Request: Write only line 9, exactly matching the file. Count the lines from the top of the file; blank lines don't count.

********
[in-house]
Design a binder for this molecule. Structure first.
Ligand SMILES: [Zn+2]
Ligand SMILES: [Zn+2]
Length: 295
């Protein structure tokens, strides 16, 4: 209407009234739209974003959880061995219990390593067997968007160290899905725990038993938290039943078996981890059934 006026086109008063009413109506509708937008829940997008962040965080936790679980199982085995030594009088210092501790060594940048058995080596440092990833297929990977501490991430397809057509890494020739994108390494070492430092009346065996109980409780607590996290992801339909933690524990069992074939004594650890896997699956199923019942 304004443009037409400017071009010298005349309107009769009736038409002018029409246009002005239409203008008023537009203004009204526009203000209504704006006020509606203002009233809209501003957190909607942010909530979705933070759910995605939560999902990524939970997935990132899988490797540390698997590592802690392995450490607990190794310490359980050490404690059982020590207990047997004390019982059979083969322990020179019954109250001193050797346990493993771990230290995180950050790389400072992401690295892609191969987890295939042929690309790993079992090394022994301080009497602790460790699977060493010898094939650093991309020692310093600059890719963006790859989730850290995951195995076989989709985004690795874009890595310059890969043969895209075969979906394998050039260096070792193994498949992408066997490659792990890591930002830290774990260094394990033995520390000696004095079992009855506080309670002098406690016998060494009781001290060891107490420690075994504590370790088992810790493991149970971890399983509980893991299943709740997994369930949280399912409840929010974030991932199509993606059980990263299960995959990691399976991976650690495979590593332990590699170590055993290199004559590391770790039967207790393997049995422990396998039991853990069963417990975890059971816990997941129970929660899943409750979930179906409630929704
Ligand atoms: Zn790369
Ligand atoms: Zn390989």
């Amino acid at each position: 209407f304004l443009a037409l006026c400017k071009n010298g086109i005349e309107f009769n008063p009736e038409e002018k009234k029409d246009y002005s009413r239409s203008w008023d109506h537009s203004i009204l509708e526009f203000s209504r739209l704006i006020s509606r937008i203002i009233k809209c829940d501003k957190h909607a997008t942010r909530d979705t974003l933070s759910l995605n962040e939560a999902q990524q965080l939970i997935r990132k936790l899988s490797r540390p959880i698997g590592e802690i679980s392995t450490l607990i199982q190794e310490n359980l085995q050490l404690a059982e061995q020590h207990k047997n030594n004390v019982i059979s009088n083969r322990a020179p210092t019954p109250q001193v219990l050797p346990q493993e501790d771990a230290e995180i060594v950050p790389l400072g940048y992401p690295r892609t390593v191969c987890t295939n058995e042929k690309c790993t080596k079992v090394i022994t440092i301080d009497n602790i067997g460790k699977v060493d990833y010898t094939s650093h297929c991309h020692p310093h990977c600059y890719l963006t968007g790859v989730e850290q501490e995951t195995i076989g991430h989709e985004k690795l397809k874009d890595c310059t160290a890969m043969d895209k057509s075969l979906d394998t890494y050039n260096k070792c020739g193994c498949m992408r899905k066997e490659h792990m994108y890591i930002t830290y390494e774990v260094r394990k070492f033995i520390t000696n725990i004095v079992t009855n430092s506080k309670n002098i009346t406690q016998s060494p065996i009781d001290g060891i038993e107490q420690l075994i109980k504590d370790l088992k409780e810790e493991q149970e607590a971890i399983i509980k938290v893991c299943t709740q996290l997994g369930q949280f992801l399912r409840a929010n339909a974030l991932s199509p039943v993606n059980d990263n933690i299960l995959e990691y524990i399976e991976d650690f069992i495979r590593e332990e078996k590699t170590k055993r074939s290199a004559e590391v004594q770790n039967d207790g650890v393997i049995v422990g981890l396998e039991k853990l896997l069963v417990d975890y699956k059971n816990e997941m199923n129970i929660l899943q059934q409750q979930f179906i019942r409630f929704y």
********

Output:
């Amino acid at each position: 209407f304004l443009a037409l006026c400017k071009n010298g086109i005349e309107f009769n008063p009736e038409e002018k009234k029409d246009y002005s009413r239409s203008w008023d109506h537009s203004i009204l509708e526009f203000s209504r739209l704006i006020s509606r937008i203002i009233k809209c829940d501003k957190h909607a997008t942010r909530d979705t974003l933070s759910l995605n962040e939560a999902q990524q965080l939970i997935r990132k936790l899988s490797r540390p959880i698997g590592e802690i679980s392995t450490l607990i199982q190794e310490n359980l085995q050490l404690a059982e061995q020590h207990k047997n030594n004390v019982i059979s009088n083969r322990a020179p210092t019954p109250q001193v219990l050797p346990q493993e501790d771990a230290e995180i060594v950050p790389l400072g940048y992401p690295r892609t390593v191969c987890t295939n058995e042929k690309c790993t080596k079992v090394i022994t440092i301080d009497n602790i067997g460790k699977v060493d990833y010898t094939s650093h297929c991309h020692p310093h990977c600059y890719l963006t968007g790859v989730e850290q501490e995951t195995i076989g991430h989709e985004k690795l397809k874009d890595c310059t160290a890969m043969d895209k057509s075969l979906d394998t890494y050039n260096k070792c020739g193994c498949m992408r899905k066997e490659h792990m994108y890591i930002t830290y390494e774990v260094r394990k070492f033995i520390t000696n725990i004095v079992t009855n430092s506080k309670n002098i009346t406690q016998s060494p065996i009781d001290g060891i038993e107490q420690l075994i109980k504590d370790l088992k409780e810790e493991q149970e607590a971890i399983i509980k938290v893991c299943t709740q996290l997994g369930q949280f992801l399912r409840a929010n339909a974030l991932s199509p039943v993606n059980d990263n933690i299960l995959e990691y524990i399976e991976d650690f069992i495979r590593e332990e078996k590699t170590k055993r074939s290199a004559e590391v004594q770790n039967d207790g650890v393997i049995v422990g981890l396998e039991k853990l896997l069963v417990d975890y699956k059971n816990e997941m199923n129970i929660l899943q059934q409750q979930f179906i019942r409630f929704y």